• Vaginal Vault Prolapse: If a woman has had a hysterectomy, the support system of the vagina can be weakened significantly, causing varying degrees of dropping. This is called a vaginal vault prolapse. The vagina may stay within the canal, or it may droop out of the vaginal opening. This can cause other problems with bladder and bowel function as well.
  • Enterocele: Vaginal vault prolapse can be accompanied by an enterocele. An enterocele is a problem that occurs when part of the small intestine drops and bulges into the vagina.
  • Rectocele: A rectocele is a support problem that occurs when the rectum bulges into or out through the vagina. This occurs when the back wall of the vagina becomes weakened. Rectocele problems may make it difficult to pass a bowel movement, and sometimes women must push the bulge back into the vagina in order to pass stool.
  • Uterine Prolapse: This occurs when the uterus drops down into the vagina. Sometimes this causes pain, feelings of heaviness, or pain during sex. If severe, the uterus may bulge out of the vaginal opening.



Pelvic support problems can be difficult to identify because the symptoms can have many different causes. Most women will know that they have a problem, but the symptoms can be hard to describe. If you suspect you have pelvic support problems, see your provider for a thorough exam including the pelvic and rectal area.


Many women do not need treatment for their pelvic support problems if they are mild. Some women find that eating a healthy diet, exercising regularly, avoiding lifting or straining, losing weight, and avoiding smoking all help improve symptoms. Further treatment may also be necessary for some.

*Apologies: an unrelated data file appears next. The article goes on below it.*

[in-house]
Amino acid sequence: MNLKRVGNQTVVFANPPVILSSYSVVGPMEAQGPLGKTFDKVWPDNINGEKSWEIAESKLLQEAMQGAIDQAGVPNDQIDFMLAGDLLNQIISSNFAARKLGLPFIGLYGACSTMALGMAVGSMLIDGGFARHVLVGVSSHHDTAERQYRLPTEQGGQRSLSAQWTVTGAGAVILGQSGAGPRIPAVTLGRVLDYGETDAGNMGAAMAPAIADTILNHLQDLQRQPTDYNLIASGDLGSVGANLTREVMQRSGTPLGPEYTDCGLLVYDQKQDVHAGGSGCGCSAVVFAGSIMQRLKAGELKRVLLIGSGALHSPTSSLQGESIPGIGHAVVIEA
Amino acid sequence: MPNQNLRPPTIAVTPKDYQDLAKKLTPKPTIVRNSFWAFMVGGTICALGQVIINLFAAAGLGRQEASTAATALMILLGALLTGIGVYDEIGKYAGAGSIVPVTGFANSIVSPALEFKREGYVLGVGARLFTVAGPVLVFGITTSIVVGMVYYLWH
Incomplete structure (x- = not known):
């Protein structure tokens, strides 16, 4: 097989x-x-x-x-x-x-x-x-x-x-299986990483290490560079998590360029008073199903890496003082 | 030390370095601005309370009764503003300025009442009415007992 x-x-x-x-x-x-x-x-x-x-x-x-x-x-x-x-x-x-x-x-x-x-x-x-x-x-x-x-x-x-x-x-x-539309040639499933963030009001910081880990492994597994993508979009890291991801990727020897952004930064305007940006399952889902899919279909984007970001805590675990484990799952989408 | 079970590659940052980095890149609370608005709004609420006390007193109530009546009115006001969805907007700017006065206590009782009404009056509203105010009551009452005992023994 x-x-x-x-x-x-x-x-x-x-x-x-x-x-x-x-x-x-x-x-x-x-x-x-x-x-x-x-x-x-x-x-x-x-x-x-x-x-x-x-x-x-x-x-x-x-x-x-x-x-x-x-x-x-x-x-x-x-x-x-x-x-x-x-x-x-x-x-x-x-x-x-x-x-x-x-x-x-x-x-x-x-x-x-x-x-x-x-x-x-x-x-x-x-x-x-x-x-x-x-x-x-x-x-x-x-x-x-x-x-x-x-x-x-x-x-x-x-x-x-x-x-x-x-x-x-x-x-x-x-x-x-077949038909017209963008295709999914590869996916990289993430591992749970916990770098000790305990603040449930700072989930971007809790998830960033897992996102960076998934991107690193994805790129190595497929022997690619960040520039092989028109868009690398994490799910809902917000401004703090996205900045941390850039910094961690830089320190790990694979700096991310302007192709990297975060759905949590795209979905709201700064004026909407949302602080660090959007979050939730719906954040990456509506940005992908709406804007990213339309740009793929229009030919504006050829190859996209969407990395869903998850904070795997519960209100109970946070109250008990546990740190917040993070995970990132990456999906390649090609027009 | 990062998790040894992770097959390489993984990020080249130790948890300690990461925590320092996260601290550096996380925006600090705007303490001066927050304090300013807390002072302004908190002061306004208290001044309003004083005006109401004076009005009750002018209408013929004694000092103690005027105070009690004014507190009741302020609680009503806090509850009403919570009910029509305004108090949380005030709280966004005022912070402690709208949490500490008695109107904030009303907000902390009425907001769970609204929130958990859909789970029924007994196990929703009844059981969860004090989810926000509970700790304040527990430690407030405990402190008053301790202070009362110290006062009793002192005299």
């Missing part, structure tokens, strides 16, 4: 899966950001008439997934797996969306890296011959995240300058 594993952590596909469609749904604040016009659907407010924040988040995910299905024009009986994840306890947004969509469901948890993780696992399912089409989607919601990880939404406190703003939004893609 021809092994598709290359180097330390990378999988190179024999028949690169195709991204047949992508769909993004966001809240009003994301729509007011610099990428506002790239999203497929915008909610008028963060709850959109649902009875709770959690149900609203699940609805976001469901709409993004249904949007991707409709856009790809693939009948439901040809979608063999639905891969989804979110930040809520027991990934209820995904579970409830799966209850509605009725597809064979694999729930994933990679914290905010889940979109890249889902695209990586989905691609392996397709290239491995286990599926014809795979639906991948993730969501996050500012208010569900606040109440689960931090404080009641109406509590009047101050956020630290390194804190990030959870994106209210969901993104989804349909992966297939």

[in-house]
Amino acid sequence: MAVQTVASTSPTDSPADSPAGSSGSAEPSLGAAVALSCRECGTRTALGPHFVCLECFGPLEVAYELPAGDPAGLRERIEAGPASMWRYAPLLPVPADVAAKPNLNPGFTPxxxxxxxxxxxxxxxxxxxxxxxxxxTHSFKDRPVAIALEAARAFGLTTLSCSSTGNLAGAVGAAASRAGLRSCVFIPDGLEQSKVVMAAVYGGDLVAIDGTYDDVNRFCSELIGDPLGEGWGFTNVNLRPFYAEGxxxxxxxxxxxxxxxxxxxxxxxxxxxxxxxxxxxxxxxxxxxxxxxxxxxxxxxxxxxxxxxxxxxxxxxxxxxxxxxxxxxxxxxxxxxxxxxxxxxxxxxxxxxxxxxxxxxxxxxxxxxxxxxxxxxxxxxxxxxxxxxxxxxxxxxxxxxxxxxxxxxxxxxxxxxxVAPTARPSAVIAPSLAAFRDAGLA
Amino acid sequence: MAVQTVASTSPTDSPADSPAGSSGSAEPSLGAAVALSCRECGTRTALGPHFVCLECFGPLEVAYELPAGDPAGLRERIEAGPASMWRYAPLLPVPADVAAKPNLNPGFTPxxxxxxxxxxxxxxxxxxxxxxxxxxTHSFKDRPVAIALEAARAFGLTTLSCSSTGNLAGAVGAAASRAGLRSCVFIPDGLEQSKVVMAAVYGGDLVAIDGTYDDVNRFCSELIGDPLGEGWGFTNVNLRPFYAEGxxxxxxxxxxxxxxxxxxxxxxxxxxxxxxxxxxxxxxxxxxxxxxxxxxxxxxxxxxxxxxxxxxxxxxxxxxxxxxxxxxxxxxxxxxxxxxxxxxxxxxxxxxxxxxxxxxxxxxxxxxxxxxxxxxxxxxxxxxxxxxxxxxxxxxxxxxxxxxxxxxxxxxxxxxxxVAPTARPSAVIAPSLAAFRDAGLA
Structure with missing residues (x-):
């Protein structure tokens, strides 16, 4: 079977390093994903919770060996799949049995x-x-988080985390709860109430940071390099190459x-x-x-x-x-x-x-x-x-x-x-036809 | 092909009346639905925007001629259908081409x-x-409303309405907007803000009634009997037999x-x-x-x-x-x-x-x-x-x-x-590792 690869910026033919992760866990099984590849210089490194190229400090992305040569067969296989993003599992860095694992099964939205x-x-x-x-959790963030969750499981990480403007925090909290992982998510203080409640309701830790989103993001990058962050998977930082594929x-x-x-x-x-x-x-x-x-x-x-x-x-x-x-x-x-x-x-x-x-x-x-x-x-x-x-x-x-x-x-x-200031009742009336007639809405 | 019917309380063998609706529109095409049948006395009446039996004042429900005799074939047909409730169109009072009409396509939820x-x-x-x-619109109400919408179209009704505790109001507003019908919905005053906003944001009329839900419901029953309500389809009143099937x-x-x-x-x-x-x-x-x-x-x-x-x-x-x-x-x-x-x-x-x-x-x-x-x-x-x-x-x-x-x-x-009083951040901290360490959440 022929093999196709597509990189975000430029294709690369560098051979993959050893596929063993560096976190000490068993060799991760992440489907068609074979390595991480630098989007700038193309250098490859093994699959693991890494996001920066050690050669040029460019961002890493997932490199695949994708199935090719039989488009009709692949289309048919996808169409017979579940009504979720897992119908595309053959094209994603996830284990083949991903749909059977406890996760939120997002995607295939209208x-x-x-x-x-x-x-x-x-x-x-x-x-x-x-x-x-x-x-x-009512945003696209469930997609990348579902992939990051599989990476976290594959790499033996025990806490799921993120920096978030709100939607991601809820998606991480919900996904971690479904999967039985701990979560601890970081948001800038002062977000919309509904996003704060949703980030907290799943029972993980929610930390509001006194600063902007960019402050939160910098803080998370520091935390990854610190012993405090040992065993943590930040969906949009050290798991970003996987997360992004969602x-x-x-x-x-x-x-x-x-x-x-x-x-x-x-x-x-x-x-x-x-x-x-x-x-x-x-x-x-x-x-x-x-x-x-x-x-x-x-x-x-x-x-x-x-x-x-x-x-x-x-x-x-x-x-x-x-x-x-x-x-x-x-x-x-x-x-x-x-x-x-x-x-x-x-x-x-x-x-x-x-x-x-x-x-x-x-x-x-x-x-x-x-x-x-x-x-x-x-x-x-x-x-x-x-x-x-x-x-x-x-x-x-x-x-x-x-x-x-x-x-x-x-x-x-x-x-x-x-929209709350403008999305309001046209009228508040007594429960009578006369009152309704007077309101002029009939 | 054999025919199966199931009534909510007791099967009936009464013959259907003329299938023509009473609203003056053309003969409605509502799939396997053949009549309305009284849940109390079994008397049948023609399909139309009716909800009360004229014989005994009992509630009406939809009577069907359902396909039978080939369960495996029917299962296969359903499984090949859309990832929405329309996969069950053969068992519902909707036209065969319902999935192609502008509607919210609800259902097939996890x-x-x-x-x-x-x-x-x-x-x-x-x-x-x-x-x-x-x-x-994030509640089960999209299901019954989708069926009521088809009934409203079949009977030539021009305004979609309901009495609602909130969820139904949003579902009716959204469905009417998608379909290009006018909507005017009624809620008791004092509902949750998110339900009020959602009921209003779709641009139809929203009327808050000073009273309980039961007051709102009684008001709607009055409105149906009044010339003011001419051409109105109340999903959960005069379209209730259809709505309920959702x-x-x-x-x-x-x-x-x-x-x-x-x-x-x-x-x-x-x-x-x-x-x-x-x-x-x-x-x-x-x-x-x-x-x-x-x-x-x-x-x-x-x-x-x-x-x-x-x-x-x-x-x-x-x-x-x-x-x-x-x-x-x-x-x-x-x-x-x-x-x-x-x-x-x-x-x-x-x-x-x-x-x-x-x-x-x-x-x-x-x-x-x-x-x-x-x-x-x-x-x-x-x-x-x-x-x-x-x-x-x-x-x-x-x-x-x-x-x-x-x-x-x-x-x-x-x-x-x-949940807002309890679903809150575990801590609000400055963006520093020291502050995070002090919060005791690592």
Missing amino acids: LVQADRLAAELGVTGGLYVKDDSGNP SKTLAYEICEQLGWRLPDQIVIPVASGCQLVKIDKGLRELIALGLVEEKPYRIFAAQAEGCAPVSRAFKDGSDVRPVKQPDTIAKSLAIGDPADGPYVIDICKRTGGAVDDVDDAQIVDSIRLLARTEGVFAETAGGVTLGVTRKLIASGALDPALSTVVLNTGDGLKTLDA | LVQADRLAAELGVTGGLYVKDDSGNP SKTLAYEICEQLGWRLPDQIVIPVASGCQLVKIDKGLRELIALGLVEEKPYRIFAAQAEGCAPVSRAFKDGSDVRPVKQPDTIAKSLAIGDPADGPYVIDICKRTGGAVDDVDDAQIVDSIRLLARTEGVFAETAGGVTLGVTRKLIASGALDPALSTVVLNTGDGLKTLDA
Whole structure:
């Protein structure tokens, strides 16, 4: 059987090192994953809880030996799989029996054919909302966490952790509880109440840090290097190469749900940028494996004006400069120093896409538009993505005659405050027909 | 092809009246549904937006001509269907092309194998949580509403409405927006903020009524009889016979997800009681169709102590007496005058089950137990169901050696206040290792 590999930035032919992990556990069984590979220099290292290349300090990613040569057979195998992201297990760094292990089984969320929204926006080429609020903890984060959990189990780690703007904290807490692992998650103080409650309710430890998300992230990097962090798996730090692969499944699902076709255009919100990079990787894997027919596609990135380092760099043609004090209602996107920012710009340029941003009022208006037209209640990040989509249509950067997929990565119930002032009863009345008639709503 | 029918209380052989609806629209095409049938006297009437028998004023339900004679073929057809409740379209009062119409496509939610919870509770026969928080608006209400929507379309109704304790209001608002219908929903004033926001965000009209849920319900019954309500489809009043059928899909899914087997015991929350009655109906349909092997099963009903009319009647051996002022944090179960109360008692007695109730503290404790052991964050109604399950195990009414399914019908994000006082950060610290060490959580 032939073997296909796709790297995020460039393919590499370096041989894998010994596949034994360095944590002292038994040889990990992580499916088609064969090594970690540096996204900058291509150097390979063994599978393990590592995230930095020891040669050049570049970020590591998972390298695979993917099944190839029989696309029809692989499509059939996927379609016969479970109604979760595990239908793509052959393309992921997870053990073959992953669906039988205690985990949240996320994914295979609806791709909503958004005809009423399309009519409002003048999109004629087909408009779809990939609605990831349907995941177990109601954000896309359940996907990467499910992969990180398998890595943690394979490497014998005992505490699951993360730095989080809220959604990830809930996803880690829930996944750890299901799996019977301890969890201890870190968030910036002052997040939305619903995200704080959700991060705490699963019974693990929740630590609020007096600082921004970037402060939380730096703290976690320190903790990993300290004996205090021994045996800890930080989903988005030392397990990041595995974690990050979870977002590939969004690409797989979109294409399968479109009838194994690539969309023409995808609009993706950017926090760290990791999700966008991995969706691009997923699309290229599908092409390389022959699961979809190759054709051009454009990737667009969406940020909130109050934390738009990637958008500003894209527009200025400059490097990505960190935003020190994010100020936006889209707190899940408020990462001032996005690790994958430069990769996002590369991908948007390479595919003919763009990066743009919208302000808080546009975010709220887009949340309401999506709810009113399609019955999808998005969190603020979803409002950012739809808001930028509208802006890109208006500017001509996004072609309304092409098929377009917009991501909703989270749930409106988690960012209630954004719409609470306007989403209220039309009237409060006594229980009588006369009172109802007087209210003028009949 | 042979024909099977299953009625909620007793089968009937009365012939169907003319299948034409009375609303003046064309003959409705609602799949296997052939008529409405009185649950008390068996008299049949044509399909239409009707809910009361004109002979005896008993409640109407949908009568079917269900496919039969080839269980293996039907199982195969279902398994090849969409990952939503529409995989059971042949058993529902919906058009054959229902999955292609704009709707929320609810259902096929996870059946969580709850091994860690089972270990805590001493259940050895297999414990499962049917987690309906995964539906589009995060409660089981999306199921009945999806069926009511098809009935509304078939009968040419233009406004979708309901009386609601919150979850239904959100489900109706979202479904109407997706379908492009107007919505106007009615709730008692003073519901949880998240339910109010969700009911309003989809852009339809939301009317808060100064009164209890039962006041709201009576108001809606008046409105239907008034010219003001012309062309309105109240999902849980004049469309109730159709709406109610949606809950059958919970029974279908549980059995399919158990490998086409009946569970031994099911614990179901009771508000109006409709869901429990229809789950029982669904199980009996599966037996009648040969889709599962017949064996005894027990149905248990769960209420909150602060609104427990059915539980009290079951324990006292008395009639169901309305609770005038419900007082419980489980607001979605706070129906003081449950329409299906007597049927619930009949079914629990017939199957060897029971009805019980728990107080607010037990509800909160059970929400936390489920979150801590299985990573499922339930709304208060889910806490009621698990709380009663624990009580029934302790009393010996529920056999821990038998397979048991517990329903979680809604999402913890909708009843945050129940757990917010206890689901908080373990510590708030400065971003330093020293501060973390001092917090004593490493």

• Special Exercises: Exercises that work the pelvic floor muscles are often used to help minimize or reduce problems with support. These exercises, called Kegel exercises, are used to strengthen the muscles surrounding the pelvic organs.
  • Diet Changes: Cutting down on caffeine can be helpful because caffeine irritates the bladder and makes women need to urinate more often. Also, eating foods high in fiber can help by making bowel movements pass more easily.
  • Medicines: Medications that can soften stools, bulk up stools, or help with bladder control. May help with symptoms of pelvic support problems.
  • Vaginal Pessaries: A pessary is a device that is placed into the vagina to help support the surrounding organs and to keep them from bulging. If a pessary is used, it must be cleaned regularly, or ulcers and infection can occur. When used correctly, pessaries can be effective for years. There are many different types of pessaries. Your provider will work with you to choose the fit that is right for you.
  • Surgical Repair: Surgery may be necessary for more serious forms of pelvic support problems. Often surgery is delayed until after a woman is finished with childbearing. Surgical options can involve removing the uterus and/or supporting the affected organs with synthetic or natural materials.



Pelvic support problems are common among women. If you believe you are experiencing some of the symptoms, talk to your provider so you can find the treatment you need.